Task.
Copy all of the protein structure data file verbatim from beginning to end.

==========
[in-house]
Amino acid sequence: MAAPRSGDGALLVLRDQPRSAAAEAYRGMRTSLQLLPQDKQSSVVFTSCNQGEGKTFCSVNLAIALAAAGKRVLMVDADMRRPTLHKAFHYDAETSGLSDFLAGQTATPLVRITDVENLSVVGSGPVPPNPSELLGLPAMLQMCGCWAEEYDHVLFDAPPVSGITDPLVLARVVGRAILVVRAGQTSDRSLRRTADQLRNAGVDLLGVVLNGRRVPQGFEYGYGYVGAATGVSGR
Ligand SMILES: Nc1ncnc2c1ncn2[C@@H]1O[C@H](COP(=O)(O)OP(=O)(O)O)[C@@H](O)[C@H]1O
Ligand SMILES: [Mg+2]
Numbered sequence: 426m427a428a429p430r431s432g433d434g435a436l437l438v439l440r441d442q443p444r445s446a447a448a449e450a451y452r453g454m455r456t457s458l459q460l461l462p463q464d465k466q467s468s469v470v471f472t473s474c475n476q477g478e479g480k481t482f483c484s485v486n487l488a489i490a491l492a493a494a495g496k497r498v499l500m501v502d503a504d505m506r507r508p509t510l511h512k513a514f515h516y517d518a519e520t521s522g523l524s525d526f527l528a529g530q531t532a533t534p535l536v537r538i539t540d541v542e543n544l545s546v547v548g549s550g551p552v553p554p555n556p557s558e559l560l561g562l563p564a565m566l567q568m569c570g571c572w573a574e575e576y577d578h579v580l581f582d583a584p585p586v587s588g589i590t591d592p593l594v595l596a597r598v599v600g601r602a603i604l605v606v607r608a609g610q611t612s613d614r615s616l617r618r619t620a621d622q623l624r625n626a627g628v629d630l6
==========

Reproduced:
[in-house]
Amino acid sequence: MAAPRSGDGALLVLRDQPRSAAAEAYRGMRTSLQLLPQDKQSSVVFTSCNQGEGKTFCSVNLAIALAAAGKRVLMVDADMRRPTLHKAFHYDAETSGLSDFLAGQTATPLVRITDVENLSVVGSGPVPPNPSELLGLPAMLQMCGCWAEEYDHVLFDAPPVSGITDPLVLARVVGRAILVVRAGQTSDRSLRRTADQLRNAGVDLLGVVLNGRRVPQGFEYGYGYVGAATGVSGR
Ligand SMILES: Nc1ncnc2c1ncn2[C@@H]1O[C@H](COP(=O)(O)OP(=O)(O)O)[C@@H](O)[C@H]1O
Ligand SMILES: [Mg+2]
Numbered sequence: 426m427a428a429p430r431s432g433d434g435a436l437l438v439l440r441d442q443p444r445s446a447a448a449e450a451y452r453g454m455r456t457s458l459q460l461l462p463q464d465k466q467s468s469v470v471f472t473s474c475n476q477g478e479g480k481t482f483c484s485v486n487l488a489i490a491l492a493a494a495g496k497r498v499l500m501v502d503a504d505m506r507r508p509t510l511h512k513a514f515h516y517d518a519e520t521s522g523l524s525d526f527l528a529g530q531t532a533t534p535l536v537r538i539t540d541v542e543n544l545s546v547v548g549s550g551p552v553p554p555n556p557s558e559l560l561g562l563p564a565m566l567q568m569c570g571c572w573a574e575e576y577d578h579v580l581f582d583a584p585p586v587s588g589i590t591d592p593l594v595l596a597r598v599v600g601r602a603i604l605v606v607r608a609g610q611t612s613d614r615s616l617r618r619t620a621d622q623l624r625n626a627g628v629d630l6